My first day (June 19th), saw me studying Hummingbirds for most of the morning. I’d really recommend getting to grips with these as soon as you can (should you be in Central/South America!), as they’re by far the most obvious birds by far, show ridiculously well on the feeders and identifying them always impresses guests who've never visited the tropics before. Each part of the tropics will have a few very abundant species, a few regular species, a few less common species and a few which constitute genuine rarities. Only worry yourself with the first three categories until you’re accustomed well with all of them, a good rule for all families in the rainforest! My best Hummingbird that first day in terms of rarity was Stripe-throated Hermit, a common species but one I didn't see every day. Green Hermit and Violet Sabrewing were both pretty stunning no matter how regularly I saw them, though I must admit I was a bit blase towards Violet-crowned Woodnymphs, White-necked Jacobins, Brown Violet-ears and Rufous-tailed Hummingbirds after the first few days. Other highlights from day one were the stunning Violaceous Trogon, Rufous Motmot and Keel-billed Toucan , all of which I’d go on to see regularly, but still incredible to see the first time! Montezuma Oropendolas, one of the most abundant and charismatic birds, made me smile every single time I saw them for the whole month I was out there. 
Grey-headed Chachalaca
Day two was characterised by my first Crested Guan, and what a bird that was! I've never seen something so utterly, beautifully prehistoric, nor seen such a large bird (Turkey sized or bigger) move so nimbly through the lower reaches of a canopy. Green Thorntail and Black-crested Coquette were both tiny little gems of hummingbirds, utterly adorable and showing well at one of the feeders. Masked Tityra was incredible, when perched on a tree with wings fanned out it looked for all the world like a black and white Wallcreeper. Speckled Tanager too, was a new bird and resplendently plumaged. The following day was much of the same, but I do remember being utterly bedazzled by a Collared Aracari, a Toucan with a velociraptor-like bill that made it look fierce indeed.
Collared Aracari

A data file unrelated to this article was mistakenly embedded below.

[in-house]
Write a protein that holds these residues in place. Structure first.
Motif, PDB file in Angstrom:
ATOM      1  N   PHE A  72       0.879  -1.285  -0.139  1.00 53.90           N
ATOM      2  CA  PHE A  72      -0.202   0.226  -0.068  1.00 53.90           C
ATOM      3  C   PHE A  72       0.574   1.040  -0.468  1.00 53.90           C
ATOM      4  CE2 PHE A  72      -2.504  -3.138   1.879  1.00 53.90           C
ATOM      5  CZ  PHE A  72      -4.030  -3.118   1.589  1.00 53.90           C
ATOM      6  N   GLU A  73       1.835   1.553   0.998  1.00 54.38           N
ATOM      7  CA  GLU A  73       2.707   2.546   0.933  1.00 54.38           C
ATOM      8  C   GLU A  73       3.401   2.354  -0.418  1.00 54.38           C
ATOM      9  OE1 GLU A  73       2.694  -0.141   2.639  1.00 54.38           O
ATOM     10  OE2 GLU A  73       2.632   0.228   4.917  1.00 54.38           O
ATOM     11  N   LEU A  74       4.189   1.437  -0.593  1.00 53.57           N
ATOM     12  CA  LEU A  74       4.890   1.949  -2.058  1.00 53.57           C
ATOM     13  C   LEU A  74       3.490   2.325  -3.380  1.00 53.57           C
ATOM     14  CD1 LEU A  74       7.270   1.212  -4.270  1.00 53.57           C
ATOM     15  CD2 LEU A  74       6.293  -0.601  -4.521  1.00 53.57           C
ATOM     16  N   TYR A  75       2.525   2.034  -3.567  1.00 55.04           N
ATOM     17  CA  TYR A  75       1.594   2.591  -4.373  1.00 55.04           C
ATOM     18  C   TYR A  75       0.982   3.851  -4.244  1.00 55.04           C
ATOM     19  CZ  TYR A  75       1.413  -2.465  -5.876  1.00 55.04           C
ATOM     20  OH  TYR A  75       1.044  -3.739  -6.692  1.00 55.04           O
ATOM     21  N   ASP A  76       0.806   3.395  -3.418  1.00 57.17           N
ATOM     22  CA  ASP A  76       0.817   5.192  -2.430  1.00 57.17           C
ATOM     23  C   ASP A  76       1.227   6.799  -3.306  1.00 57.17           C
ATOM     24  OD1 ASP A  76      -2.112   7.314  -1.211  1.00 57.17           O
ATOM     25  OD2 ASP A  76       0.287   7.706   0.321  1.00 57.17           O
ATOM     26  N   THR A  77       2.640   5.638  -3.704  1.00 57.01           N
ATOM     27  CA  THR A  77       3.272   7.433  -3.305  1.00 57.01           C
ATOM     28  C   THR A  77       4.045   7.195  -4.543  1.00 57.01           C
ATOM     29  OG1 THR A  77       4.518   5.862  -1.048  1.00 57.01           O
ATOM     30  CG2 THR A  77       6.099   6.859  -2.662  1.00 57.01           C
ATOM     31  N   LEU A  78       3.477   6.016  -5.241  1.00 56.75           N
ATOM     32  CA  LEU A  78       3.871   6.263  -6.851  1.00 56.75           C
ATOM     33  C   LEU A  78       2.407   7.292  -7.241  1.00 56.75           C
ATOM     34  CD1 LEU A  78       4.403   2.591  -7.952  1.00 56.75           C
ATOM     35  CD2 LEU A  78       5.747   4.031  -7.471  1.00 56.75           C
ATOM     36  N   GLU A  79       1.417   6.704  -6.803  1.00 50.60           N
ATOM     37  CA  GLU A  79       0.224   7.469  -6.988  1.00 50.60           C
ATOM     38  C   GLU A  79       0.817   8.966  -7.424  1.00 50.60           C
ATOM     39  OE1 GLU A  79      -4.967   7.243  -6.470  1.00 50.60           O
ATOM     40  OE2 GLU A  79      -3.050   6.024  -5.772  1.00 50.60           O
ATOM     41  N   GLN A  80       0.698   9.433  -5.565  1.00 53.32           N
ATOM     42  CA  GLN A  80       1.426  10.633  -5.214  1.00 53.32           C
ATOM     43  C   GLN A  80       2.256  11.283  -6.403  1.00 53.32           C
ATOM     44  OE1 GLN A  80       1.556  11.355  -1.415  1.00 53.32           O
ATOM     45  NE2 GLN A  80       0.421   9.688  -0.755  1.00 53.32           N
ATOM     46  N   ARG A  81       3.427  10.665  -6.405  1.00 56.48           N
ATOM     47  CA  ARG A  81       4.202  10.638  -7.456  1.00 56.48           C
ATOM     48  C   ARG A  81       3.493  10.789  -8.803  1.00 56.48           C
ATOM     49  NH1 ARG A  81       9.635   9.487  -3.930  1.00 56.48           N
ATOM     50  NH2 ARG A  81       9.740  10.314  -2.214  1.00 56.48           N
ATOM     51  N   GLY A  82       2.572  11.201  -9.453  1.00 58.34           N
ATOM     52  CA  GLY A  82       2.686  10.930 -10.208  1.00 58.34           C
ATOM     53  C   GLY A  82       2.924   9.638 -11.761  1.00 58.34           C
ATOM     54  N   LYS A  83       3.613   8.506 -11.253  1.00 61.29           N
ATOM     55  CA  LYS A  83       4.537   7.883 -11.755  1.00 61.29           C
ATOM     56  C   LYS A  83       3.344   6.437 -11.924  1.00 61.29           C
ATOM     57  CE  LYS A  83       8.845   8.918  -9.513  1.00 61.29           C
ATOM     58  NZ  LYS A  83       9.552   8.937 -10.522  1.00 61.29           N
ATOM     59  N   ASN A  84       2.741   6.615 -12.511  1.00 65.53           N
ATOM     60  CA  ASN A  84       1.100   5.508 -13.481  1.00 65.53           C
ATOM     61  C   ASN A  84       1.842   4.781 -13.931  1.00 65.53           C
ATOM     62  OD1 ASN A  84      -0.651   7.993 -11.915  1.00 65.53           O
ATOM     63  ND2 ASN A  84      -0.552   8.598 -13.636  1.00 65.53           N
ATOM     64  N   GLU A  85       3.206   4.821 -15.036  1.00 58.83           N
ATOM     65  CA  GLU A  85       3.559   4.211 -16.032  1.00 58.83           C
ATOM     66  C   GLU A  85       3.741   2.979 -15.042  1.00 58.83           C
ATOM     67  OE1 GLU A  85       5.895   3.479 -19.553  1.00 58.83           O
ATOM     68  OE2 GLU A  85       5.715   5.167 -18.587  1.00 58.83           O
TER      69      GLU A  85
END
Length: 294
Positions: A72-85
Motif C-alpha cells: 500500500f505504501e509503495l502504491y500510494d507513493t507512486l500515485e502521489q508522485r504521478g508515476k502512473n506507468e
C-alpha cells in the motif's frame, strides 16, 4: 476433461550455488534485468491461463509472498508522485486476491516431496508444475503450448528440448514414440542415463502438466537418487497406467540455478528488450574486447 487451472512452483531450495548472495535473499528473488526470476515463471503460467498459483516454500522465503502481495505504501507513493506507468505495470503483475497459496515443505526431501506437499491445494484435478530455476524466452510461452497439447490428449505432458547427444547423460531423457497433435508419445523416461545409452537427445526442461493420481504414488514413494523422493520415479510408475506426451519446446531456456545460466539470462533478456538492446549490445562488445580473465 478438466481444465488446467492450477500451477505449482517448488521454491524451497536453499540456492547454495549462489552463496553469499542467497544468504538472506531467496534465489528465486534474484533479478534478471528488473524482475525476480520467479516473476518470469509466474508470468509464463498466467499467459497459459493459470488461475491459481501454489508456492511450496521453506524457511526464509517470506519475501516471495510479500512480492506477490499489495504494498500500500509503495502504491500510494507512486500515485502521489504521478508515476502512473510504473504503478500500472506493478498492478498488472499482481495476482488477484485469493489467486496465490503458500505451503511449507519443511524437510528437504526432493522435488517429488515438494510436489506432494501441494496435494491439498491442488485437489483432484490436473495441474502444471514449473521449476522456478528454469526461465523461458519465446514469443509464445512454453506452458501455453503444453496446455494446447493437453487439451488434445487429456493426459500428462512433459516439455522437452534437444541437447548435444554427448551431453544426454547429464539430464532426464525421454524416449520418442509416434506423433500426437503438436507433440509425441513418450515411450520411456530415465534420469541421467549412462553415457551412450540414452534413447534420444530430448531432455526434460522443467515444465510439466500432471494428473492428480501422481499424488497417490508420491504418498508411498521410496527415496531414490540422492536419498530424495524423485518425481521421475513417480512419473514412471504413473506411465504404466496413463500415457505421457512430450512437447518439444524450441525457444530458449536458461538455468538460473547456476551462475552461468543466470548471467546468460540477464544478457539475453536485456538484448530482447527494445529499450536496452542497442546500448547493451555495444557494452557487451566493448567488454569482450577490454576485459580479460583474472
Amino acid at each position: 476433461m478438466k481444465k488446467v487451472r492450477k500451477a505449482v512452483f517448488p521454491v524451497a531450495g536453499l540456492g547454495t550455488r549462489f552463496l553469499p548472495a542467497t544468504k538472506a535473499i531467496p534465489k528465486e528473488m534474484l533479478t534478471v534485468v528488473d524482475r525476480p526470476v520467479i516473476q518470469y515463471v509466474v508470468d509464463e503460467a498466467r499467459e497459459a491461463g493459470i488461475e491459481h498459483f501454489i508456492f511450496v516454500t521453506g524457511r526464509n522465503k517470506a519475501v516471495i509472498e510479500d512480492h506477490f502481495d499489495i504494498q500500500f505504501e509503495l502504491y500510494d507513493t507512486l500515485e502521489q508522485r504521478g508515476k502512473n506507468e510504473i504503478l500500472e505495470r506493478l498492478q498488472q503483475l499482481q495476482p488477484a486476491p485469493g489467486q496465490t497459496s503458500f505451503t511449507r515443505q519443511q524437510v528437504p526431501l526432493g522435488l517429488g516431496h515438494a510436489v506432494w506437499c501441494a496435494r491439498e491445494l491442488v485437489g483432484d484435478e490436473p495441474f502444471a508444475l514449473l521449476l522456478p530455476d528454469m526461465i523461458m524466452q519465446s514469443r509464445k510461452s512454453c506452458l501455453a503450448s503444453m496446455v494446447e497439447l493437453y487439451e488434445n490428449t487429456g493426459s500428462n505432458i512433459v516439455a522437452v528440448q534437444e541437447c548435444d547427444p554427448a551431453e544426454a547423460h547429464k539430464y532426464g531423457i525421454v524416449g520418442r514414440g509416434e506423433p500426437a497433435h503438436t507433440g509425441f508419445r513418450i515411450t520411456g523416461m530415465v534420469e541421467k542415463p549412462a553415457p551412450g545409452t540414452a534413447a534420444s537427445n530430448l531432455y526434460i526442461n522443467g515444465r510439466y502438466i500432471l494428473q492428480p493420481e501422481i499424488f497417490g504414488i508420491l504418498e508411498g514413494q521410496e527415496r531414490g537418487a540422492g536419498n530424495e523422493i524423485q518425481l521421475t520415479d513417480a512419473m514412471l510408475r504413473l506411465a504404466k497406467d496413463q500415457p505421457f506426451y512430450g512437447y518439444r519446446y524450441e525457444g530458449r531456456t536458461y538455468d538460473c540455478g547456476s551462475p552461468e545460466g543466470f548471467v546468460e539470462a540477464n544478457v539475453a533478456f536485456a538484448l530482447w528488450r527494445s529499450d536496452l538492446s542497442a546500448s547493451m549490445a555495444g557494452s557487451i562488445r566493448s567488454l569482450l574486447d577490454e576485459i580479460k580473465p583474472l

Over the coming days, as my knowledge grew and I went out birding with groups and other senior guides, more and more incredible species began flooding my senses. The immaculate Snowcap, perhaps THE most beautiful Hummingbird in the world, was quite something. Green-crowned Brilliant was another absolutely marvellous hummer. I even started identifying Woodcreepers, confidently picking out Wedge-billed, Streak-headed and Cocoa. I saw my first of both White-collared and White-ruffed Mannakins, had glimpses of the mega elusive Black-throated Wren and Dull-mantled Antbird, and eventually started seeing regular Tawny-chested Flycatchers, the bird that is a real attraction for the serious birders visiting Rancho, the one they’ll struggle to get anywhere else in the world. I visited a few other sites with groups and senior guides, but taking in a few varied habitats such as wetlands and rapids. At the former, Boat-billed Heron and Yellow-headed Caracara were highlights, the latter was almost indescribable with my first Sunbittern (WHAT A BIRD!), Torrent Tyrannulet, Black Phoebe, Buff-rumped Warbler, Bay Wren and Amazon and Green Kingfishers
White-necked Jacobin
As time wore on, I started scouring slightly different habitats around the lodge, and by improving my ability to bird, plus occasionally getting lucky and helping the professional guides and their groups, I started picking out more and more of the tricky species. Species like Yellow-billed Cacique and White-lined Tanager in the sugar fields on 1st July, Sulpur-winged Parakeet and Scarlet-thighed Dacnis the following day, a Black-headed Saltator on the 5th, and showing all those patient enough out of a large group some elusive White-ruffed Mannakins on the 6th. This was interspersed with heading back to the rapids and finding five resplendent Sunbitterns, and locating a Rancho rarity in the shape of a pair of Green Ibises. On the 7th I set myself the challenge of a bird race, being out from 3am til 6pm. I was pretty pleased with 63 species, though later when birding with Harry, and having his expertise at hand, we recorded 81 in a single morning! These 63 included a stunning lifer in a pair of Common Pauraque, gorgeous views of a Crested Guan at daybreak, refinding the Green Ibises, and as the day ended, being afforded views of Snowcaps and Purple-crowned Fairies bathing in riverside pools that would make the gods sing. 
Brown Violet-ear